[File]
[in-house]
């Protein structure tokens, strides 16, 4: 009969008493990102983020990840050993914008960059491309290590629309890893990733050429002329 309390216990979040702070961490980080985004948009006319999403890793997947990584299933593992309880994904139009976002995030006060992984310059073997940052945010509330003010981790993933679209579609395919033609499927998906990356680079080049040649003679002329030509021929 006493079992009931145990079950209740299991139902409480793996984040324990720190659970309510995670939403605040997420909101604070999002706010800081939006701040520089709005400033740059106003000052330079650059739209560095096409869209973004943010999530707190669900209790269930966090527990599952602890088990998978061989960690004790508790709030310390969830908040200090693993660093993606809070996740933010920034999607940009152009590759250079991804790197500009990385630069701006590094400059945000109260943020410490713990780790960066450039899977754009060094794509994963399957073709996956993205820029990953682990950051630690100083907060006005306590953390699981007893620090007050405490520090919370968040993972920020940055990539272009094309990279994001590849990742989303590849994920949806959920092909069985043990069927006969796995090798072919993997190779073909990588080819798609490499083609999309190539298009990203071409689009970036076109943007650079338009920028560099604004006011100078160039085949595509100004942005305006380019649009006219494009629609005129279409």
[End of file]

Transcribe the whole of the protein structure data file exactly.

[in-house]
């Protein structure tokens, strides 16, 4: 009969008493990102983020990840050993914008960059491309290590629309890893990733050429002329 309390216990979040702070961490980080985004948009006319999403890793997947990584299933593992309880994904139009976002995030006060992984310059073997940052945010509330003010981790993933679209579609395919033609499927998906990356680079080049040649003679002329030509021929 006493079992009931145990079950209740299991139902409480793996984040324990720190659970309510995670939403605040997420909101604070999002706010800081939006701040520089709005400033740059106003000052330079650059739209560095096409869209973004943010999530707190669900209790269930966090527990599952602890088990998978061989960690004790508790709030310390969830908040200090693993660093993606809070996740933010920034999607940009152009590759250079991804790197500009990385630069701006590094400059945000109260943020410490713990780790960066450039899977754009060094794509994963399957073709996956993205820029990953682990950051630690100083907060006005306590953390699981007893620090007050405490520090919370968040993972920020940055990539272009094309990279994001590849990742989303590849994920949806959920092909069985043990069927006969796995090798072919993997190779073909990588080819798609490499083609999309190539298009990203071409689009970036076109943007650079338009920028560099604004006011100078160039085949595509100004942005305006380019649009006219494009629609005129279409």